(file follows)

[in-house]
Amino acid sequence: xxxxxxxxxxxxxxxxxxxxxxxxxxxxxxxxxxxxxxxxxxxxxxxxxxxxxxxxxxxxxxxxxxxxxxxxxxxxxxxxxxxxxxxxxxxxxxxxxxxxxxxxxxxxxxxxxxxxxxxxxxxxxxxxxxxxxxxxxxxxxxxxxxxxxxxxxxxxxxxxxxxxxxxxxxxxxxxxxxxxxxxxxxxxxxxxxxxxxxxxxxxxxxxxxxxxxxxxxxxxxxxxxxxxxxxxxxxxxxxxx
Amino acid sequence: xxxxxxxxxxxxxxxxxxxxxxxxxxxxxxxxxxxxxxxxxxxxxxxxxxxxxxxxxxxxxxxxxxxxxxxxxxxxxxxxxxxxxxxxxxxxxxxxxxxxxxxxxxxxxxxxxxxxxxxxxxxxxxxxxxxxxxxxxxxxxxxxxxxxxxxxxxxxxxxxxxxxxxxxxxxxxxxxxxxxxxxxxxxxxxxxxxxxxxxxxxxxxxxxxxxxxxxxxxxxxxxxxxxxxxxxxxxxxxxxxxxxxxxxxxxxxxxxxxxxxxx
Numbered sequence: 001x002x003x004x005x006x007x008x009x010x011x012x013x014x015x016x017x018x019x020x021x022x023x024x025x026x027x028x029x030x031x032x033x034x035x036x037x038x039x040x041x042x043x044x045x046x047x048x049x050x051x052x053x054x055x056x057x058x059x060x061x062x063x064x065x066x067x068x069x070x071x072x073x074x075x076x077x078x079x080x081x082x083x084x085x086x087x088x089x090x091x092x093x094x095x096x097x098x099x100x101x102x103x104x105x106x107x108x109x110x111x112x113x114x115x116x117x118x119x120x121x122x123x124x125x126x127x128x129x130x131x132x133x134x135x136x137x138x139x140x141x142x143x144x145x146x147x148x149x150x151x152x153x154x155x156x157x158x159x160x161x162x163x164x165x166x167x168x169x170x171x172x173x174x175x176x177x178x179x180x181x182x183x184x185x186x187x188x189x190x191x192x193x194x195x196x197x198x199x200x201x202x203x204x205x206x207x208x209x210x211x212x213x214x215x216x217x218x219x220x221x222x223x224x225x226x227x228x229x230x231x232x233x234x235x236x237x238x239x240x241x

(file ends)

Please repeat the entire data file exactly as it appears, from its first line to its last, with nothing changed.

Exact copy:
[in-house]
Amino acid sequence: xxxxxxxxxxxxxxxxxxxxxxxxxxxxxxxxxxxxxxxxxxxxxxxxxxxxxxxxxxxxxxxxxxxxxxxxxxxxxxxxxxxxxxxxxxxxxxxxxxxxxxxxxxxxxxxxxxxxxxxxxxxxxxxxxxxxxxxxxxxxxxxxxxxxxxxxxxxxxxxxxxxxxxxxxxxxxxxxxxxxxxxxxxxxxxxxxxxxxxxxxxxxxxxxxxxxxxxxxxxxxxxxxxxxxxxxxxxxxxxxx
Amino acid sequence: xxxxxxxxxxxxxxxxxxxxxxxxxxxxxxxxxxxxxxxxxxxxxxxxxxxxxxxxxxxxxxxxxxxxxxxxxxxxxxxxxxxxxxxxxxxxxxxxxxxxxxxxxxxxxxxxxxxxxxxxxxxxxxxxxxxxxxxxxxxxxxxxxxxxxxxxxxxxxxxxxxxxxxxxxxxxxxxxxxxxxxxxxxxxxxxxxxxxxxxxxxxxxxxxxxxxxxxxxxxxxxxxxxxxxxxxxxxxxxxxxxxxxxxxxxxxxxxxxxxxxxx
Numbered sequence: 001x002x003x004x005x006x007x008x009x010x011x012x013x014x015x016x017x018x019x020x021x022x023x024x025x026x027x028x029x030x031x032x033x034x035x036x037x038x039x040x041x042x043x044x045x046x047x048x049x050x051x052x053x054x055x056x057x058x059x060x061x062x063x064x065x066x067x068x069x070x071x072x073x074x075x076x077x078x079x080x081x082x083x084x085x086x087x088x089x090x091x092x093x094x095x096x097x098x099x100x101x102x103x104x105x106x107x108x109x110x111x112x113x114x115x116x117x118x119x120x121x122x123x124x125x126x127x128x129x130x131x132x133x134x135x136x137x138x139x140x141x142x143x144x145x146x147x148x149x150x151x152x153x154x155x156x157x158x159x160x161x162x163x164x165x166x167x168x169x170x171x172x173x174x175x176x177x178x179x180x181x182x183x184x185x186x187x188x189x190x191x192x193x194x195x196x197x198x199x200x201x202x203x204x205x206x207x208x209x210x211x212x213x214x215x216x217x218x219x220x221x222x223x224x225x226x227x228x229x230x231x232x233x234x235x236x237x238x239x240x241x